"It's not our job to come to opinions or choose what we think is the most likely cause " -- I agree, hence my opinion that while including the disparate possible causes of death cited in different, reasonably reliable sources (not IMDb), we shouldn't add any cancer-related categories since we don't know if she died of cancer or was ever even diagnosed with the disease. Quis separabit? 22:31, 2 September 2014 (UTC)
I'm confused. Why not follow: "when there's a set of disparate facts, recount the facts and let the readers decide?" See WP:Synthesis--CaroleHenson (talk) 22:25, 2 September 2014 (UTC)

────────────────────────────────────────────────────────────────────────────────────────────────────Quis separabit? I made an edit that includes the "various reasons" type remark in the body of the death section and have a note to the two other comments. Does that work?--CaroleHenson (talk) 22:54, 2 September 2014 (UTC)

Sure, fine, Carole. Yours, Quis separabit? 23:01, 2 September 2014 (UTC)
Quis separabit? Cool! Something happened that revert the fixes for citation placement, additions, copyediting, clarifications, etc... so I've reverted to an earlier version and I'll try and sort out the date fixes which are usually much easier / more mindless.--CaroleHenson (talk) 23:12, 2 September 2014 (UTC)

Comments regarding death of children[edit]

Regarding the death of two of her three children, I've moved the following comment here:

(*this sounds dubious or erroneous since one of Robson's daughters/or daughter-in-law appears in a silent film with her with a grandchild)

For future reference, comments like this shouldn't be typed into the article. The perfect place to address issues is here, on the talk page. There is a Template:Dubious that can be added to the article with details regarding the question placed within the template. That way the "Dubious" message will appear in the article, and readers can look in edit mode to get the details regarding the dispute, as another option.

I will look into it - double-checking the cited sources, silent movie info, etc. and respond here.--CaroleHenson (talk) 10:17, 2 September 2014 (UTC)

Update, I found two other references for the two children's death, a 1900 census record that only identifies Edward Gore as a child living with them (although presumably a child could have been born to Gore / Robson and married by then) - and sources that say that Robson's only living / surviving child was Edward.
I am not finding any reliable records that show that she has three children when she married Augustus Brown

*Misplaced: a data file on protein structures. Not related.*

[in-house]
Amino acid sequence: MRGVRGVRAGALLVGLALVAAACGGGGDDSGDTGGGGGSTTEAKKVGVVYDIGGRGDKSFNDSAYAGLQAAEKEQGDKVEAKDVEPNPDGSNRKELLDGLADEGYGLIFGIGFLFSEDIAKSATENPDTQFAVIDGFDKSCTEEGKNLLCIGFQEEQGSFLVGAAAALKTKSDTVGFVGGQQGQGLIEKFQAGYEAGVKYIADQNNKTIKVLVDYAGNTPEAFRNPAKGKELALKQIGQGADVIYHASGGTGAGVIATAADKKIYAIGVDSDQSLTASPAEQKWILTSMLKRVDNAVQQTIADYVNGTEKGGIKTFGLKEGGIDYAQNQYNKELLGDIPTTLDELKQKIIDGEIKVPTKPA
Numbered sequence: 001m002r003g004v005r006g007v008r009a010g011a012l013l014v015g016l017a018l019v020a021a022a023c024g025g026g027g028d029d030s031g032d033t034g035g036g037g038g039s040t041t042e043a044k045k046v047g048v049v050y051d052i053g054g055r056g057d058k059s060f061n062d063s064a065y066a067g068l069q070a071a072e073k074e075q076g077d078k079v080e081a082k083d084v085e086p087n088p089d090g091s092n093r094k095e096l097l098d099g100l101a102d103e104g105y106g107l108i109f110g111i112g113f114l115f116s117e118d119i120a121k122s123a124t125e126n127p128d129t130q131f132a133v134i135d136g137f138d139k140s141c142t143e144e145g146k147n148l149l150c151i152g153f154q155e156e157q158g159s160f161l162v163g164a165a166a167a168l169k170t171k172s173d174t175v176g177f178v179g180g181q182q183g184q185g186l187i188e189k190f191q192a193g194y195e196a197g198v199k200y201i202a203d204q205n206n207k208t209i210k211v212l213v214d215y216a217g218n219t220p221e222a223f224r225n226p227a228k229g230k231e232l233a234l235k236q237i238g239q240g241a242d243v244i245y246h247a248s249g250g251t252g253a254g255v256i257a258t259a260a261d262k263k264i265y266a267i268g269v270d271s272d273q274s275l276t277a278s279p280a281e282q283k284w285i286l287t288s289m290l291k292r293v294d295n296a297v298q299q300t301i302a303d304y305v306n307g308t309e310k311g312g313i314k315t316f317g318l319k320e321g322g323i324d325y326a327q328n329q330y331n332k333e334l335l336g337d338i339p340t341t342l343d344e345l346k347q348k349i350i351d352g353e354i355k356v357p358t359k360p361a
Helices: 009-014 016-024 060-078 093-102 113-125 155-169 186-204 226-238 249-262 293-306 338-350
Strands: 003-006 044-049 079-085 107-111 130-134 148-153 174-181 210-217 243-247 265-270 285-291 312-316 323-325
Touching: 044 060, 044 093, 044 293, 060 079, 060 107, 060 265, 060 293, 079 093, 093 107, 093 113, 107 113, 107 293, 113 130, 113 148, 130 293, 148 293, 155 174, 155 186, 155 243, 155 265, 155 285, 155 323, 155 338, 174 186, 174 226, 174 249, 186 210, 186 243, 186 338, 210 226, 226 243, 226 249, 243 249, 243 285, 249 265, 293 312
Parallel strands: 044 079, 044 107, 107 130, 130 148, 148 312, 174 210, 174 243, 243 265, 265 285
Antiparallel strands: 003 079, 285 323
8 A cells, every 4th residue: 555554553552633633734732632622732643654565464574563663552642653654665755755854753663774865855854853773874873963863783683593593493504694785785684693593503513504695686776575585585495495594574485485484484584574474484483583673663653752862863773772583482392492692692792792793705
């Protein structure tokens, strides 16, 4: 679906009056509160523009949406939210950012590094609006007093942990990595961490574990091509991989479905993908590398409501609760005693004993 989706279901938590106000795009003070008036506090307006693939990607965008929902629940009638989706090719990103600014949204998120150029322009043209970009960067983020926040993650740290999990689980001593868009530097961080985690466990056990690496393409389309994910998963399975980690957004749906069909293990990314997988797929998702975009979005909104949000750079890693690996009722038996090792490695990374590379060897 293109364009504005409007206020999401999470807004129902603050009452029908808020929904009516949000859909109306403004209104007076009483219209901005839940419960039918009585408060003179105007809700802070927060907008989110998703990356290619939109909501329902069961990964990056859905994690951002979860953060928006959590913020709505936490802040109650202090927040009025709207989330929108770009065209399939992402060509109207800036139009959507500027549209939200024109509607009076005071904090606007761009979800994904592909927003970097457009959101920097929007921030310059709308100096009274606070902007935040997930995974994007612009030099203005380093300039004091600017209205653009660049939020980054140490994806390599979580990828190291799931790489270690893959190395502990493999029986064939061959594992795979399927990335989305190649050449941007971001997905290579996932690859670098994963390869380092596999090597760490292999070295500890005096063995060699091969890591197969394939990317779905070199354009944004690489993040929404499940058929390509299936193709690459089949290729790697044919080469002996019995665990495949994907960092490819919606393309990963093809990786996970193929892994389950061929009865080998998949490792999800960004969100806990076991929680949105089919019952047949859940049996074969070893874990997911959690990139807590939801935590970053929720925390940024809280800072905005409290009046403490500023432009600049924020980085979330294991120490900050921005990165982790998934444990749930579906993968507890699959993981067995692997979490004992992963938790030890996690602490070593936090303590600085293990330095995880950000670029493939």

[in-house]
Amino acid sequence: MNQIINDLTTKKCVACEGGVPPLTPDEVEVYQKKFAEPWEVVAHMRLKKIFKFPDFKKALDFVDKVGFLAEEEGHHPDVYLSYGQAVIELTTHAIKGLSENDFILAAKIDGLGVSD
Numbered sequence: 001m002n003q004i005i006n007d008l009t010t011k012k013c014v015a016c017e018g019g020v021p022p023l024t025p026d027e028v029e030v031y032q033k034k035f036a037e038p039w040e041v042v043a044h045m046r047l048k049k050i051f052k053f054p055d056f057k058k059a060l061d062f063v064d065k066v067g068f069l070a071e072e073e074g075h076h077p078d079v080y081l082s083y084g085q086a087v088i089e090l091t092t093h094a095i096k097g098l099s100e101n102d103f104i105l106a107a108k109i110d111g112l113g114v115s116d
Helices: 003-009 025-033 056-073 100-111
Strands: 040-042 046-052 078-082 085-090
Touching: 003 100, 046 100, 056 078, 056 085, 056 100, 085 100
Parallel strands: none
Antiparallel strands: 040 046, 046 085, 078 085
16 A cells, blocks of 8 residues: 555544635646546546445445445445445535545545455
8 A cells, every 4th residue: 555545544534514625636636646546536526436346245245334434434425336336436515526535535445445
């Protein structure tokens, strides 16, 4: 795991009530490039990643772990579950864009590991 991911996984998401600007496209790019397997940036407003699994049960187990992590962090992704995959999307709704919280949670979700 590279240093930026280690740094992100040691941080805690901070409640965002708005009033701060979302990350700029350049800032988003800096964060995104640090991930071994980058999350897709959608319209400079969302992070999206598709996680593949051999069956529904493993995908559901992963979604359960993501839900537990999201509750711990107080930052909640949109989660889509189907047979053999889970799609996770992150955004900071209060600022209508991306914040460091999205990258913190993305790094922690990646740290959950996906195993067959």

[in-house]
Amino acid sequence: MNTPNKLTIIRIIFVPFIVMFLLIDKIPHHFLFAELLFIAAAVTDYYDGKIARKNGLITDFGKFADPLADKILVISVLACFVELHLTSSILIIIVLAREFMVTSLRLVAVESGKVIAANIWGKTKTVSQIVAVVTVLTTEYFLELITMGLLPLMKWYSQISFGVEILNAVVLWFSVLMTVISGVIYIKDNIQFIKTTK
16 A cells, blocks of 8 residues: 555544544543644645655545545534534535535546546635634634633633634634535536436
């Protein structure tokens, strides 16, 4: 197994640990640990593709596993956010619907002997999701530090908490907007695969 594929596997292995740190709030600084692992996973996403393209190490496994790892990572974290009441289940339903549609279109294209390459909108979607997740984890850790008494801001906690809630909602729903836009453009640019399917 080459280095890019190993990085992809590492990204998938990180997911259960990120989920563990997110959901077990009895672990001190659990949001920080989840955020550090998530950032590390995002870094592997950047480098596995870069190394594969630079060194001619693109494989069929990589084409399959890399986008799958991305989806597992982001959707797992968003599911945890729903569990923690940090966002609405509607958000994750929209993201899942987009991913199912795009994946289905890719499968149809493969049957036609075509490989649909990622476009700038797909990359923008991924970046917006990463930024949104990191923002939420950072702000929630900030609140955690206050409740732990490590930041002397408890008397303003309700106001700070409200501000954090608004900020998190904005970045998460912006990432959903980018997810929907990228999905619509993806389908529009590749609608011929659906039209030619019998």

Do you have information about (presumably) daughter-in-law who starred with her in a silent movie (i.e., her name - presumably with the Gore surname, the movie).
Thanks!--CaroleHenson (talk) 18:04, 2 September 2014 (UTC)
I could not find the name of a daughter/daughter-in-law in the list of silent films Robson starred in. I wondered if you might have thought that she had a daughter with Brown, and that's who starred in the film, but I'm not finding any evidence of that in biographies or census data.
For searches on Robson and daughter, all that I'm getting are description of movies where "daughter" refers to a character in the film.
Based on this, it seems this is a closed issue. Right?--CaroleHenson (talk) 18:28, 2 September 2014 (UTC)
Ah, found How Molly Made Good - the wikipedia article had an unsourced claim that she appeared in the film "with one of her daughters" but I'm unable to find a reliable source for that information (blog type page / answers site, for instance wouldn't comply and seem to be the same wording as the unsourced bit in the article) and there is no cast list that includes a woman with one of the family surnames (Robson, Gore, Brown). Plus, I've read more than 25 obituaries so far and not one mentions a daughter, just Edward's wife (daughter-in-law)--CaroleHenson (talk) 20:00, 2 September 2014 (UTC)

Timing conflict[edit]

By the time she began her acting career in 1883, two of Robson's three children had died by 1892.

This does not compute. -- Jack of Oz [pleasantries] 12:55, 2 September 2014 (UTC)

@JackofOz: Thanks, I was very tired when I started this last night! It has been corrected.--CaroleHenson (talk) 16:03, 2 September 2014 (UTC)

Australia[edit]

@Zarcadia: I see that Australia was removed without a clarification. Biographies and public records state that she was from Australia or Australia (England), meaning a colony of England.

If Australia is not right, what is the proper name to use?--CaroleHenson (talk) 16:48, 2 September 2014 (UTC)

See also Wikipedia:Manual of Style/Proper names for your point about what it was named at the time -- and the use of "what is now..."--CaroleHenson (talk) 16:55, 2 September 2014 (UTC)
I've thought about this and use/non-use of the country name is likely a non-issue. There many articles about the U.S. that don't include the U.S. in a place name.--CaroleHenson (talk) 21:20, 2 September 2014 (UTC)
Hi CaroleHenson. As I stated in my edit summary Australia did not exist in 1858 (it was created as a sovereign state in 1901), so to include in the infobox is inappropriate. Wikipedia:Manual of Style/Proper names does support this, in particular An article about Junipero Serra should say he lived in Alta Mexico not the U.S. state of California because the latter entity did not exist at the time of Junipero Serra; so we should use the name for that particular point in time. Thanks. Zarcadia (talk) 21:40, 2 September 2014 (UTC)